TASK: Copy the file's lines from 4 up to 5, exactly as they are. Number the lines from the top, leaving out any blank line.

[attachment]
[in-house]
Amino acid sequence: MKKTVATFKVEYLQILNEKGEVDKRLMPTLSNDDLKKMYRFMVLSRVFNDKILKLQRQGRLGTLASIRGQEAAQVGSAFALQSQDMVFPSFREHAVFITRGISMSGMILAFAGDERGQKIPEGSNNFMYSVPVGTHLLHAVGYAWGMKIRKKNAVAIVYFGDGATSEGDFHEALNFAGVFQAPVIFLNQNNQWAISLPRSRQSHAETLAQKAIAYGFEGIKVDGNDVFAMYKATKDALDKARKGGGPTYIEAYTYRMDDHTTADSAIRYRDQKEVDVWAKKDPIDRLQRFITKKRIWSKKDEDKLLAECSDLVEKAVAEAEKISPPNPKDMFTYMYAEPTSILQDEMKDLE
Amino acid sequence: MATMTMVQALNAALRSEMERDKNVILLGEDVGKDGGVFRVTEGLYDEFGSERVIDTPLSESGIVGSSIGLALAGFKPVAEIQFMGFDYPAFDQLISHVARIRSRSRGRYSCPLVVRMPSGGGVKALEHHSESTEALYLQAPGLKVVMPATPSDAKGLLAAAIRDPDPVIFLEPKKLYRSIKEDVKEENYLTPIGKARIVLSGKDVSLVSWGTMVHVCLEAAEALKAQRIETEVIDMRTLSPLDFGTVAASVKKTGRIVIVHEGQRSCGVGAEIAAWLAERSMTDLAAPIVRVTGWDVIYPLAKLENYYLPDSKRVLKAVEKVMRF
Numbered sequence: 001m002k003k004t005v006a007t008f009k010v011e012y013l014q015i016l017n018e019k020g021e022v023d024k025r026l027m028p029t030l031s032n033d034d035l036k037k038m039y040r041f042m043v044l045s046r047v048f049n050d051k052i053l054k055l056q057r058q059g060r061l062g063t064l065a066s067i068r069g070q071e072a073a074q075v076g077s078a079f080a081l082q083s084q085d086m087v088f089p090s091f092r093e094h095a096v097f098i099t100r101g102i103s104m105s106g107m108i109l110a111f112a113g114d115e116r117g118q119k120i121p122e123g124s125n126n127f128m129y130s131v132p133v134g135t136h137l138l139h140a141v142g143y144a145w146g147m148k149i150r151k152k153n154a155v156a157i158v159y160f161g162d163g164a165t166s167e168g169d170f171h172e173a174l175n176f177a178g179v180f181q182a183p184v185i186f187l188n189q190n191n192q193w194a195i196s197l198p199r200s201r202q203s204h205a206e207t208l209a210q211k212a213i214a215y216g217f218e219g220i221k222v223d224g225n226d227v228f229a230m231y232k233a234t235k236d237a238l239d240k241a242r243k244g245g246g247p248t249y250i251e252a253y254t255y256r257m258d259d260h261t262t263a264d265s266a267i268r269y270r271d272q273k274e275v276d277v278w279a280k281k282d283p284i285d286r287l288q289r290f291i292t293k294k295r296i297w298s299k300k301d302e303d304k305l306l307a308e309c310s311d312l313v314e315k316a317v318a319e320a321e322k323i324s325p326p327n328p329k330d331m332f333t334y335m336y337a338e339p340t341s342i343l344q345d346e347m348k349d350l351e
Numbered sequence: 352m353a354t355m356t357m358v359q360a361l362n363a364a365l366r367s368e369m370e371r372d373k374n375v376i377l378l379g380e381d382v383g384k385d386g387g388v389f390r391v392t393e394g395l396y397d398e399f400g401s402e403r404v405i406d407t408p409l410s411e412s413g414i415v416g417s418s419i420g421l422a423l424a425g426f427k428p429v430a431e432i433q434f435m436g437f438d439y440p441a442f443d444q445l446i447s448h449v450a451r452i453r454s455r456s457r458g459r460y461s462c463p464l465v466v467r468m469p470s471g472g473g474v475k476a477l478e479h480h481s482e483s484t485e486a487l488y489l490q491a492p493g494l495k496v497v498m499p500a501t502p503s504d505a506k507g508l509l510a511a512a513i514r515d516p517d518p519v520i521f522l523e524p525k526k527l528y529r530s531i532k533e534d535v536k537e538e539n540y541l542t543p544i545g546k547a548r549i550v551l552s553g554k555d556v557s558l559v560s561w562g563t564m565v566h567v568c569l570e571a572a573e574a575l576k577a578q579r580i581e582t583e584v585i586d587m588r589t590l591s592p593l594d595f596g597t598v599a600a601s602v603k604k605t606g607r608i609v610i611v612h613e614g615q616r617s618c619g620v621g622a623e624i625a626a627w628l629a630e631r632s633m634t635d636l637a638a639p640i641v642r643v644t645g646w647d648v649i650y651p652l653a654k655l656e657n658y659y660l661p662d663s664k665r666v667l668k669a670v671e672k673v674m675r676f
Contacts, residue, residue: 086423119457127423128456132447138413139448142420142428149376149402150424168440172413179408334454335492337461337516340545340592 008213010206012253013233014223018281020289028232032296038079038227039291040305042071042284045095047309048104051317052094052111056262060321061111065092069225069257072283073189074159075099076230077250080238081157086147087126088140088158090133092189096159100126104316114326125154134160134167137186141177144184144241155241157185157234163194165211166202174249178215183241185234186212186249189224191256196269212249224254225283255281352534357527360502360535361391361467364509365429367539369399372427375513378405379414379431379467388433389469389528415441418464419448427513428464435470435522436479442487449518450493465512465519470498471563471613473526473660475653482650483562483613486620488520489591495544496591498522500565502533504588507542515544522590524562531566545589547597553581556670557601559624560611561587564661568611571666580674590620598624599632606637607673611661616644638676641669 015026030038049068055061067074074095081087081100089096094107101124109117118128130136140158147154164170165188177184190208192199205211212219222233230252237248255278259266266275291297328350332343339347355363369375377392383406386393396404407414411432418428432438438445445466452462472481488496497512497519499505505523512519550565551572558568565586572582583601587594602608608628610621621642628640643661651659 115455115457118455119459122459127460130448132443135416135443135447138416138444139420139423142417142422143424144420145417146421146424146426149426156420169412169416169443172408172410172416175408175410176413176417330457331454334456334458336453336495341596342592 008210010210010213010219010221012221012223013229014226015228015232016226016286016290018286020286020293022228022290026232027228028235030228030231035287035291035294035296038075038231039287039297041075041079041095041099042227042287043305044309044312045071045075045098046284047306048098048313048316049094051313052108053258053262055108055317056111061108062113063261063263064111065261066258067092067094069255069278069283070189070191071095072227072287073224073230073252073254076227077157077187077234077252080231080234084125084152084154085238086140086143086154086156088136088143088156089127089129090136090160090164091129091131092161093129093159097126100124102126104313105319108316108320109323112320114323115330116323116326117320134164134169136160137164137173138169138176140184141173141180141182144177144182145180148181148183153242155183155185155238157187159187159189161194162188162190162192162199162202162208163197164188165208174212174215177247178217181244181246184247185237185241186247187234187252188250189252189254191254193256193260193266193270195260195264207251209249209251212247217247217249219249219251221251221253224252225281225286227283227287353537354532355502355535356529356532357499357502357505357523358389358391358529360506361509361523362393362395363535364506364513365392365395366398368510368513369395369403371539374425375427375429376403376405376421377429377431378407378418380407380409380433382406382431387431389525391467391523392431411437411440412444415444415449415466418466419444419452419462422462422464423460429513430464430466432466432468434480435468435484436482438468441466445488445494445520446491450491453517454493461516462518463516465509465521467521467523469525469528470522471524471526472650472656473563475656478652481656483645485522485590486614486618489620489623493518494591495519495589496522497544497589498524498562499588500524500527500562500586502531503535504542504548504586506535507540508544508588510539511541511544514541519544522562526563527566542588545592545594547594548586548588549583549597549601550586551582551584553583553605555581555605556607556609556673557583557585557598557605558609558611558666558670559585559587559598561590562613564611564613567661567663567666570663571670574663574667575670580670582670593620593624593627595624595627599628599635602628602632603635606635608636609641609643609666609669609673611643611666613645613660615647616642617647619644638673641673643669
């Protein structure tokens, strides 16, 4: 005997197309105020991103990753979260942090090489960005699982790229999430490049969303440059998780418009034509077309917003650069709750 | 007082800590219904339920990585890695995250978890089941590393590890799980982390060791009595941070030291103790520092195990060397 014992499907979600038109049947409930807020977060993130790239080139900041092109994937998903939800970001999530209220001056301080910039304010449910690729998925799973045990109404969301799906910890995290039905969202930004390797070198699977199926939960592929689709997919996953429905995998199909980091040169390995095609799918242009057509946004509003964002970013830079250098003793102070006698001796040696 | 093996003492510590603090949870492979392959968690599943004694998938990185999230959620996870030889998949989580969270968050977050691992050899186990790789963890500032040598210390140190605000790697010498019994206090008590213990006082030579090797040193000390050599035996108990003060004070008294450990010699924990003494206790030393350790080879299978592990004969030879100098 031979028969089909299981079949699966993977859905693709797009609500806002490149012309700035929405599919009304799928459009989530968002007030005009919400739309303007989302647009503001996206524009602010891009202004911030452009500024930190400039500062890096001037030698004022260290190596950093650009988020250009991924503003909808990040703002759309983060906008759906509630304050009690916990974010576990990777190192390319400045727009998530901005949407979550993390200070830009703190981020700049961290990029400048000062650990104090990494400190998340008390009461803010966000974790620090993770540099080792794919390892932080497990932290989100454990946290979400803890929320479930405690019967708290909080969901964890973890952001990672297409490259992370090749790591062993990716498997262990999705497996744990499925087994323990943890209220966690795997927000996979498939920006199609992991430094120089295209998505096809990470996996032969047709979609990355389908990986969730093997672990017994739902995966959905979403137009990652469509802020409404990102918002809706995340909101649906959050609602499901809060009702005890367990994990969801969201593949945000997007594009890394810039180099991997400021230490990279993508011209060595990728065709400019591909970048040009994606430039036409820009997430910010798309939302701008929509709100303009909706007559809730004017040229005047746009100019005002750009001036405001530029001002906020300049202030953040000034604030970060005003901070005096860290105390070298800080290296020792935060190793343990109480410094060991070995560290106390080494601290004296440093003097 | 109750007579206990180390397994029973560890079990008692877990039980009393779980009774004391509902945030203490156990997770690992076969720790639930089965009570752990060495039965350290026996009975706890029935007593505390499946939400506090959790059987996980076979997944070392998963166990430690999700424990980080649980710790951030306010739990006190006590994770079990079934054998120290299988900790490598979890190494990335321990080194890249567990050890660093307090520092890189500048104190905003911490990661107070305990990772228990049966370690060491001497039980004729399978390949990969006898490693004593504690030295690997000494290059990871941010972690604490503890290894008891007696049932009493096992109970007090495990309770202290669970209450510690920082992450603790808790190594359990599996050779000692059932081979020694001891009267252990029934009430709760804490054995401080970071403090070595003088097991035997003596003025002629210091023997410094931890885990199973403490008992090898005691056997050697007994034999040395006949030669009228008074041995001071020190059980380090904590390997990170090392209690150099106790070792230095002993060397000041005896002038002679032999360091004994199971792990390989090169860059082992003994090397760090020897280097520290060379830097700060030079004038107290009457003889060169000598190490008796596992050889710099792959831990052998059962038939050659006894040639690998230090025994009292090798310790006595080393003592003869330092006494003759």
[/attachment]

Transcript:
Numbered sequence: 001m002k003k004t005v006a007t008f009k010v011e012y013l014q015i016l017n018e019k020g021e022v023d024k025r026l027m028p029t030l031s032n033d034d035l036k037k038m039y040r041f042m043v044l045s046r047v048f049n050d051k052i053l054k055l056q057r058q059g060r061l062g063t064l065a066s067i068r069g070q071e072a073a074q075v076g077s078a079f080a081l082q083s084q085d086m087v088f089p090s091f092r093e094h095a096v097f098i099t100r101g102i103s104m105s106g107m108i109l110a111f112a113g114d115e116r117g118q119k120i121p122e123g124s125n126n127f128m129y130s131v132p133v134g135t136h137l138l139h140a141v142g143y144a145w146g147m148k149i150r151k152k153n154a155v156a157i158v159y160f161g162d163g164a165t166s167e168g169d170f171h172e173a174l175n176f177a178g179v180f181q182a183p184v185i186f187l188n189q190n191n192q193w194a195i196s197l198p199r200s201r202q203s204h205a206e207t208l209a210q211k212a213i214a215y216g217f218e219g220i221k222v223d224g225n226d227v228f229a230m231y232k233a234t235k236d237a238l239d240k241a242r243k244g245g246g247p248t249y250i251e252a253y254t255y256r257m258d259d260h261t262t263a264d265s266a267i268r269y270r271d272q273k274e275v276d277v278w279a280k281k282d283p284i285d286r287l288q289r290f291i292t293k294k295r296i297w298s299k300k301d302e303d304k305l306l307a308e309c310s311d312l313v314e315k316a317v318a319e320a321e322k323i324s325p326p327n328p329k330d331m332f333t334y335m336y337a338e339p340t341s342i343l344q345d346e347m348k349d350l351e
Numbered sequence: 352m353a354t355m356t357m358v359q360a361l362n363a364a365l366r367s368e369m370e371r372d373k374n375v376i377l378l379g380e381d382v383g384k385d386g387g388v389f390r391v392t393e394g395l396y397d398e399f400g401s402e403r404v405i406d407t408p409l410s411e412s413g414i415v416g417s418s419i420g421l422a423l424a425g426f427k428p429v430a431e432i433q434f435m436g437f438d439y440p441a442f443d444q445l446i447s448h449v450a451r452i453r454s455r456s457r458g459r460y461s462c463p464l465v466v467r468m469p470s471g472g473g474v475k476a477l478e479h480h481s482e483s484t485e486a487l488y489l490q491a492p493g494l495k496v497v498m499p500a501t502p503s504d505a506k507g508l509l510a511a512a513i514r515d516p517d518p519v520i521f522l523e524p525k526k527l528y529r530s531i532k533e534d535v536k537e538e539n540y541l542t543p544i545g546k547a548r549i550v551l552s553g554k555d556v557s558l559v560s561w562g563t564m565v566h567v568c569l570e571a572a573e574a575l576k577a578q579r580i581e582t583e584v585i586d587m588r589t590l591s592p593l594d595f596g597t598v599a600a601s602v603k604k605t606g607r608i609v610i611v612h613e614g615q616r617s618c619g620v621g622a623e624i625a626a627w628l629a630e631r632s633m634t635d636l637a638a639p640i641v642r643v644t645g646w647d648v649i650y651p652l653a654k655l656e657n658y659y660l661p662d663s664k665r666v667l668k669a670v671e672k673v674m675r676f